As a health coach, one of the most common complaints I hear from my clients is how unsustainable their diets have been because they are always hungry. They say things to me like, “I’m just so hungry all of the time; I don’t know how you do it.” Another common one is, “You must be much mentally tougher than me to put up with being hungry for so long.” The truth is, however, I can’t remember a single time during my entire weight loss that I was hungry. Not once.
I’ve thought about this for a long time. I felt like maybe there is something different about me. People don’t just lose 135 pounds and keep it off without ever being hungry–but I did. What makes me different? I asked myself this for several years. Do I really have better will power? Am I more self-controlled? I knew those things couldn’t be true because one would hardly call someone “self-controlled” whose weight had topped out at close to 300 pounds. So what was it?
It wasn’t until I starting working with clients as a Personal Trainer and Health Coach that I began to unravel the factors that had contributed to my weight loss success. Discussing my story with my clients and helping them to overcome their challenges is what really helped me understand what steps I took that were different. This insight has enabled me to help a lot of people through my coaching and health writing.
Here’s How I Lost 135–and Kept the Weight Off
1. I changed my mindset.
The first thing that I had to do was to master my mindset. The heart of the problem with being overweight is your mind, plain and simple. If you don’t read the rest of this article, please take the time to read this section as this is the most important aspect necessary to achieve permanent weight loss. If you can’t master your mind, you won’t be able to achieve lasting weight loss. You MUST change your thoughts on food, exercise, and yourself. This means giving yourself permission to fail, changing how you view junk foods and healthy foods, learning to love your workouts, and learning to admit to yourself that you do have a problem that needs to be fixed (and that YOU have the power to fix it).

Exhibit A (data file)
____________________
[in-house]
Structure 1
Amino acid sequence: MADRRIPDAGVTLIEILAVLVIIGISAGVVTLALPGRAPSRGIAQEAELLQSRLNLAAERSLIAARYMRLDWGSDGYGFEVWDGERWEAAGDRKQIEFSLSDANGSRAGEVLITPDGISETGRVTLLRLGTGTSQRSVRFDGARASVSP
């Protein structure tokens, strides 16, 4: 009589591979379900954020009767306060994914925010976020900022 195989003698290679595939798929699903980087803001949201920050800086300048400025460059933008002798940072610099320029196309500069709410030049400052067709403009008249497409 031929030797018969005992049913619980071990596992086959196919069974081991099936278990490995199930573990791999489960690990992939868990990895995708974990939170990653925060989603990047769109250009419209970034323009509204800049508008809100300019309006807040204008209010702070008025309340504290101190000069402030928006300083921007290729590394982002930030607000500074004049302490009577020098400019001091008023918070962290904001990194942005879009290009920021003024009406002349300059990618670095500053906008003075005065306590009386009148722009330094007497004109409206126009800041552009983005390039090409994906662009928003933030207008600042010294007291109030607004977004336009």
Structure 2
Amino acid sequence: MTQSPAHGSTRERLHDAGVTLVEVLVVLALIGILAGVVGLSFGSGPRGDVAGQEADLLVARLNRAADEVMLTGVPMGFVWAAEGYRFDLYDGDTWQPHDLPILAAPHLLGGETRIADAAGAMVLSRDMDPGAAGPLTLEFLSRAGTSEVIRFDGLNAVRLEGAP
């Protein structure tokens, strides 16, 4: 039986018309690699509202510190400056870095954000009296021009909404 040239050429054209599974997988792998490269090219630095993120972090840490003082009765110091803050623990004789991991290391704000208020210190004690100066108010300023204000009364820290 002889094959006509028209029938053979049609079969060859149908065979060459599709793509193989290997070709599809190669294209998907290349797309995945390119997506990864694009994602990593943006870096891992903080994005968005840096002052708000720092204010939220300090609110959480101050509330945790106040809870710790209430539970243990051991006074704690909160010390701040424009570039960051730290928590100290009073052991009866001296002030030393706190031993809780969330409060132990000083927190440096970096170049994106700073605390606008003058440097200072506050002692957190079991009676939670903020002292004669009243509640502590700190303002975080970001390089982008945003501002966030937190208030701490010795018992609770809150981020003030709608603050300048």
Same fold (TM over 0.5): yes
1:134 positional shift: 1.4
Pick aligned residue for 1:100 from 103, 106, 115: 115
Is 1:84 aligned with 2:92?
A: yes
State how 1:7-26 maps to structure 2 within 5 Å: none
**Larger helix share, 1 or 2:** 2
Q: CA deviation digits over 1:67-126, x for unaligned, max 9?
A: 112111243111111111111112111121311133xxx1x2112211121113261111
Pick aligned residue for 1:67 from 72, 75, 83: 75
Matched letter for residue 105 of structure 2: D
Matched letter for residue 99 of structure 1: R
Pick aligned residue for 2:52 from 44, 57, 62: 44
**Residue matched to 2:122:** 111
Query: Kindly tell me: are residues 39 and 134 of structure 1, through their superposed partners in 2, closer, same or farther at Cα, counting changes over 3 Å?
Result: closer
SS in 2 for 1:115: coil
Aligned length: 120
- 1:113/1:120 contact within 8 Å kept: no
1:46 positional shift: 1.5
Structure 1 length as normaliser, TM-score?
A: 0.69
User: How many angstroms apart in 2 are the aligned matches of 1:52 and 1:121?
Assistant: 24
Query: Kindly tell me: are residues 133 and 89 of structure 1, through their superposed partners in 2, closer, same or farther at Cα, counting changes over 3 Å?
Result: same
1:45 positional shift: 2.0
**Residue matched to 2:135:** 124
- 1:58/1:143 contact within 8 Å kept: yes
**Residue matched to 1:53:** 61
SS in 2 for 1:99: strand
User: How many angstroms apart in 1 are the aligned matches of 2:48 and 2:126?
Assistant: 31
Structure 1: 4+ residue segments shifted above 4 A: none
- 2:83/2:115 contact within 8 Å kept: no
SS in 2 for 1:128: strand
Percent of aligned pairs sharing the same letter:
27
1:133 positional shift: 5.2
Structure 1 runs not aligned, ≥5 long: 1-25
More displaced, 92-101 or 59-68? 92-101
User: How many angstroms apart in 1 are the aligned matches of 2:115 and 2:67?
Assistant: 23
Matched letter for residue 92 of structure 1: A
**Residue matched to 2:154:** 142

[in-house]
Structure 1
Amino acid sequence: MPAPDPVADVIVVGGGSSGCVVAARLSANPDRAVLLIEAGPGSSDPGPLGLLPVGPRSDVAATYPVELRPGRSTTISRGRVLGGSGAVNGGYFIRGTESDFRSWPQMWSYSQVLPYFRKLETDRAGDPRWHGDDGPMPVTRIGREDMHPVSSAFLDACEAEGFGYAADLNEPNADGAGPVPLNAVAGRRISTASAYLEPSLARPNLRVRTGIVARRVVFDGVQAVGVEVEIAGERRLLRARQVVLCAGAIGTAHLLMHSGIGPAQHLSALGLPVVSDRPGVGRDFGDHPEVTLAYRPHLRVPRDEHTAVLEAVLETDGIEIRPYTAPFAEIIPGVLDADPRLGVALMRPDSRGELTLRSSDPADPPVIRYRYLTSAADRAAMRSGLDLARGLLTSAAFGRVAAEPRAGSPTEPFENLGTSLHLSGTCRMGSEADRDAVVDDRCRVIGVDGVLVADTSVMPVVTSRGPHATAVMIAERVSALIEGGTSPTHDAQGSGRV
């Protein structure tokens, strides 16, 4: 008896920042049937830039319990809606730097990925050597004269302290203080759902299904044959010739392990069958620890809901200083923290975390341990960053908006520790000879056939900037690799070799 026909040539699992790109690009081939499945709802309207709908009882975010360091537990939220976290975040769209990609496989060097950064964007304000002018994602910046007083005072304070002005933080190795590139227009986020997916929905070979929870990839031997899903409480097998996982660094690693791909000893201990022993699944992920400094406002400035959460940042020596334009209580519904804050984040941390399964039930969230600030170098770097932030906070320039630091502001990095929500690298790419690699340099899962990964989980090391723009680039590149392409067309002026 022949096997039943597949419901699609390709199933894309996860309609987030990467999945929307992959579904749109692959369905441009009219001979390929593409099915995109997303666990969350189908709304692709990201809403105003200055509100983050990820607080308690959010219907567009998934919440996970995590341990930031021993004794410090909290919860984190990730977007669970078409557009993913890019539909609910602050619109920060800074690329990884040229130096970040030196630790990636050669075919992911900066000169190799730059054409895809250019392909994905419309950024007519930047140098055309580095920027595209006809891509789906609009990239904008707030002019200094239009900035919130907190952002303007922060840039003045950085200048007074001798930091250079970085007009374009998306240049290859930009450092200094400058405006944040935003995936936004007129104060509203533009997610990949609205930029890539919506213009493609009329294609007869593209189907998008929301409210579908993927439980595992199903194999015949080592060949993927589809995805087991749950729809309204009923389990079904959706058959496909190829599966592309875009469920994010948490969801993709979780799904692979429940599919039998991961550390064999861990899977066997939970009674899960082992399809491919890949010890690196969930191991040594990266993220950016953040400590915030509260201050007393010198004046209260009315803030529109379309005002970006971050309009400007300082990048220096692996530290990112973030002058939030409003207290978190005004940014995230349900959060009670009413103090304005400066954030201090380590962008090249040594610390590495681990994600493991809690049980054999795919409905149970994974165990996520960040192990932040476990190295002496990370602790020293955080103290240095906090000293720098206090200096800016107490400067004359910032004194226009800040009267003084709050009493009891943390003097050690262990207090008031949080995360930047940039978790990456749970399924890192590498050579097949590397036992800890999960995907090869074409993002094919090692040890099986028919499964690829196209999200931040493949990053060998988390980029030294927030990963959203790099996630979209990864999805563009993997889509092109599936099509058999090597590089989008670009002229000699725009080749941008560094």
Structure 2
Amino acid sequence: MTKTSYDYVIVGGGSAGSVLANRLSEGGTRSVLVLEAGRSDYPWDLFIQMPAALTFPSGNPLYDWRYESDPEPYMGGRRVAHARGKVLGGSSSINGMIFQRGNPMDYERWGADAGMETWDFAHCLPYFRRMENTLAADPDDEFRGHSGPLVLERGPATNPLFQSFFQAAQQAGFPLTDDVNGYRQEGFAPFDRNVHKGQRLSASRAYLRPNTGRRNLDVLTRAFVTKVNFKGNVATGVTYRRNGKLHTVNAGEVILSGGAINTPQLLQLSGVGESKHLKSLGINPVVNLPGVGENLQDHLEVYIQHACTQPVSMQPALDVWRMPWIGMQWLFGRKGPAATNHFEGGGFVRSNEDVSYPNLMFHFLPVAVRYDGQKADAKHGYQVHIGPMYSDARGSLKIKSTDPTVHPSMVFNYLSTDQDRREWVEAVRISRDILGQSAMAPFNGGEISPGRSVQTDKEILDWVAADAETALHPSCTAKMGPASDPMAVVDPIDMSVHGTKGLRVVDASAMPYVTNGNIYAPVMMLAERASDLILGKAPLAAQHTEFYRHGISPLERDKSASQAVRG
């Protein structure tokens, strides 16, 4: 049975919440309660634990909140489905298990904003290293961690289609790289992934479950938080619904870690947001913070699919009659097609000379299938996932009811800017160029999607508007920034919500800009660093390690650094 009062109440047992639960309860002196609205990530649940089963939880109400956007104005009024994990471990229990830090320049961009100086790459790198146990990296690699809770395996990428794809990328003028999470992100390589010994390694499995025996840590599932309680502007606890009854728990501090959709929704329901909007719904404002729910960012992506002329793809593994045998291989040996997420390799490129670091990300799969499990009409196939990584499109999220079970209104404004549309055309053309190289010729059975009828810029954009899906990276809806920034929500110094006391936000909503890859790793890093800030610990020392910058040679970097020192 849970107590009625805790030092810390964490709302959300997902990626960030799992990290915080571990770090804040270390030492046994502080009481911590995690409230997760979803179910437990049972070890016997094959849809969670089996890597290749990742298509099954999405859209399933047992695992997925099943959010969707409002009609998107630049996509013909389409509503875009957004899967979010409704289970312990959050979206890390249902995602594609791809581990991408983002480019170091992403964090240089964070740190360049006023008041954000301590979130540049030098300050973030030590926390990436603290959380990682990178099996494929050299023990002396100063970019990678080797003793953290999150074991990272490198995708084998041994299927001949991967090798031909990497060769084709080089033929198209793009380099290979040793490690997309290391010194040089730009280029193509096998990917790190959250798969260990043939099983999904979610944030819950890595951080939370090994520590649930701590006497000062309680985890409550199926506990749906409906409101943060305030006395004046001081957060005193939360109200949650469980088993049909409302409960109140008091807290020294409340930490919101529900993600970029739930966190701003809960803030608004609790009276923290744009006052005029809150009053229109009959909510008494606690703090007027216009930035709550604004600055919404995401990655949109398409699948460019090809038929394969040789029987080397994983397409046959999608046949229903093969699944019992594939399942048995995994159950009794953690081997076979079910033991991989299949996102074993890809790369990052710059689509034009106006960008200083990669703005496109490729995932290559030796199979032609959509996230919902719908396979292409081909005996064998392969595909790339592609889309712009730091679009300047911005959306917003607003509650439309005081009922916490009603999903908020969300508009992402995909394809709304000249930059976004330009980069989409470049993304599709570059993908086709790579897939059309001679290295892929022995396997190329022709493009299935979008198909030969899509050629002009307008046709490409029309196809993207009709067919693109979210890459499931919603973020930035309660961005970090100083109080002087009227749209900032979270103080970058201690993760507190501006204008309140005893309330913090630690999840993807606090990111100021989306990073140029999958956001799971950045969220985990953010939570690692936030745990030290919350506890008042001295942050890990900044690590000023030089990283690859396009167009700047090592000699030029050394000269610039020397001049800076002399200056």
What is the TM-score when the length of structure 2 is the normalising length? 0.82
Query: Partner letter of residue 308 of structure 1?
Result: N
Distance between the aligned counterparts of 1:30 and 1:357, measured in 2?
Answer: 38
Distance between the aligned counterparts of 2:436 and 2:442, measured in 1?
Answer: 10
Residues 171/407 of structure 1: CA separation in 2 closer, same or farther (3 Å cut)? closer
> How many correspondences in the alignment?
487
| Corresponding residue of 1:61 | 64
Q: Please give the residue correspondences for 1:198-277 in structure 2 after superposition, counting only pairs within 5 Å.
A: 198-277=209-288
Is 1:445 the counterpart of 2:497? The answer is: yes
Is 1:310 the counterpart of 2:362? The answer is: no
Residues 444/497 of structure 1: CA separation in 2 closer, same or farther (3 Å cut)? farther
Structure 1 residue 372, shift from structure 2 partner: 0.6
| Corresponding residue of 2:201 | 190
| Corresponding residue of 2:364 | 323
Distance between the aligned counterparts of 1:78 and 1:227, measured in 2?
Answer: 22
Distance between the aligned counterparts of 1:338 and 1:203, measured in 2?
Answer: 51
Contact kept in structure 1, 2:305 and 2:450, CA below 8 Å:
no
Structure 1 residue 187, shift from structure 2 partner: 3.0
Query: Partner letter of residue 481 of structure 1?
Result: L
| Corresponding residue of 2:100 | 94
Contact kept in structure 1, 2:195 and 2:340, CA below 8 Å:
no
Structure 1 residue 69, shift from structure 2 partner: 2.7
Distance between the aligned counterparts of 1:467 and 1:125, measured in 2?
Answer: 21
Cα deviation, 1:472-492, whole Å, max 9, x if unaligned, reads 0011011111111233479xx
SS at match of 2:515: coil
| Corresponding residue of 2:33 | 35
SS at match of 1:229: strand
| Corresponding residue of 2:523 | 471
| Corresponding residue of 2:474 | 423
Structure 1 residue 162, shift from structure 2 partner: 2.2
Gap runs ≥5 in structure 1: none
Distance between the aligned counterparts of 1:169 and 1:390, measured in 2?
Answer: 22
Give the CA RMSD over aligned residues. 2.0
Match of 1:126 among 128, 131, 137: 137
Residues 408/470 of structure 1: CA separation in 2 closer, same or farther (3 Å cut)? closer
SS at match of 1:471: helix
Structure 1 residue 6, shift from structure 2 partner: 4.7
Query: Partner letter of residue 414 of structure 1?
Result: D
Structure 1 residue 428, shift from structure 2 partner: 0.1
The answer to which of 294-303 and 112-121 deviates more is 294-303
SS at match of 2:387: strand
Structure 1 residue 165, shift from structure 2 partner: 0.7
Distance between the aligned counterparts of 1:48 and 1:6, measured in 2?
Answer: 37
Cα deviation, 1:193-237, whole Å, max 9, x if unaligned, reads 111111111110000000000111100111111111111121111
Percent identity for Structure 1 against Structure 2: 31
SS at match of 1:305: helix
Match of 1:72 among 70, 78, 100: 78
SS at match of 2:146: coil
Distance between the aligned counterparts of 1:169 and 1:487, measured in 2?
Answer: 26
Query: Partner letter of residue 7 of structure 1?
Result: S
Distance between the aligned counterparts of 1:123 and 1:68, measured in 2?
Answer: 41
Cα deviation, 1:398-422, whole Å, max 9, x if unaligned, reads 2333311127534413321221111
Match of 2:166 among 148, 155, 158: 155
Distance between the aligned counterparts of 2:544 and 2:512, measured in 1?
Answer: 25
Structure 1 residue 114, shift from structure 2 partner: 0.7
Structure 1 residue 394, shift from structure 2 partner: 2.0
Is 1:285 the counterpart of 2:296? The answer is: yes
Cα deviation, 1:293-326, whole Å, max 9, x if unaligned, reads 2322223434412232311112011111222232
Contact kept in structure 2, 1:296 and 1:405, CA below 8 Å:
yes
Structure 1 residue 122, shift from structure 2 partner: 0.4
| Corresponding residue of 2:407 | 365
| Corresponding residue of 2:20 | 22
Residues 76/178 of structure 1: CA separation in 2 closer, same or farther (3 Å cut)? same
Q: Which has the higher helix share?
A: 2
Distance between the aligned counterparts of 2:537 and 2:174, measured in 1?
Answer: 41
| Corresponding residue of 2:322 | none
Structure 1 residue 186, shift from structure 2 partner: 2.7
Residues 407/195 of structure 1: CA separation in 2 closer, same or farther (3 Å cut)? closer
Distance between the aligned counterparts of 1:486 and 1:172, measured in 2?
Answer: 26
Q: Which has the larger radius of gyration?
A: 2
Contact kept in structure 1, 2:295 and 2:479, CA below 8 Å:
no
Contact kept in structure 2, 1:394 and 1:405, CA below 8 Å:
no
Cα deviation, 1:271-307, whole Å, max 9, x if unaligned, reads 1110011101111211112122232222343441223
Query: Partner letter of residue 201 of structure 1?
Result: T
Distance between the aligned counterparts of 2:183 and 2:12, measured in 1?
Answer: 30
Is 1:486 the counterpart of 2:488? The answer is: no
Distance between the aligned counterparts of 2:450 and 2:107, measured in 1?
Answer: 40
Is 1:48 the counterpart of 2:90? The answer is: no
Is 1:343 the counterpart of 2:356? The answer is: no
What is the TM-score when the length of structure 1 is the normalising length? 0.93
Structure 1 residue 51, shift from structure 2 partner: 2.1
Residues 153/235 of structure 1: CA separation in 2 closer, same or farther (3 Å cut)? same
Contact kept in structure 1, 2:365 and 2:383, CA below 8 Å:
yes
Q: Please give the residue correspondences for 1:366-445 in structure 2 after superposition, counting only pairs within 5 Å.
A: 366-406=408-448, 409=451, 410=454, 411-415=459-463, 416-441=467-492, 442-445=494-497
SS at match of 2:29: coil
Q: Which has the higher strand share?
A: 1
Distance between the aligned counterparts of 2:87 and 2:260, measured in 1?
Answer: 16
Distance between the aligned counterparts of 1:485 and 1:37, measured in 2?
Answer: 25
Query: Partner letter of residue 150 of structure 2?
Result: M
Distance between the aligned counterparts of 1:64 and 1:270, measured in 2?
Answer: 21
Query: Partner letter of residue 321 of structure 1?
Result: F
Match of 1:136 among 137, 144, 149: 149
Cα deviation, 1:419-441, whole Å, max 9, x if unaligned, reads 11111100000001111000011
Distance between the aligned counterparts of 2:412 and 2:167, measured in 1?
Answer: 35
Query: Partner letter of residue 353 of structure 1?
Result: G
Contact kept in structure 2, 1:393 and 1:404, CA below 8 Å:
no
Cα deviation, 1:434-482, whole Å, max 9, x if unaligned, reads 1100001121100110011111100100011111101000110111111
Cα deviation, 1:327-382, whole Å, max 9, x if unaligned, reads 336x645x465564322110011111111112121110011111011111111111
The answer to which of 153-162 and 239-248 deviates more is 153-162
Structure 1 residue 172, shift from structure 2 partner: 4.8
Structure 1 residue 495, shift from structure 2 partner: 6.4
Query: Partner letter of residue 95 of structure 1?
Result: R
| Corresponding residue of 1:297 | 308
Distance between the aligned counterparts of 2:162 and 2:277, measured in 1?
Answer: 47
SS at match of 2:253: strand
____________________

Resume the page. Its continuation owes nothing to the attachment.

2. I ate a lot of food (low-glycemic, high-fiber, high-protein foods).
This might sound counterintuitive, but one of the reasons why I was never hungry losing weight was because I ate a lot of food. But how can you lose weight and eat lots of food? Well, weight loss isn’t about starving yourself, it’s about eating the right kinds of foods. Most diets have followers eating a 1,200-calorie diet or lower, and it’s no wonder that most people who go on these diets lose weight at first but then gain it all back (and usually more) when they realize that they just can’t be that hungry every day for the rest of their lives.
Eating lots of foods for weight loss means filling yourself up with the right kinds of foods that give you the nutrients that you need and also fill you up. You wouldn’t catch me at the drive-thru of McDonald’s or pushing through the lines at the local buffet. I chose power foods: foods that are high in fiber and protein, and low on the glycemic index. I learned to think in terms of which foods were going to give me the most amount of nutrition for the least amount of calories.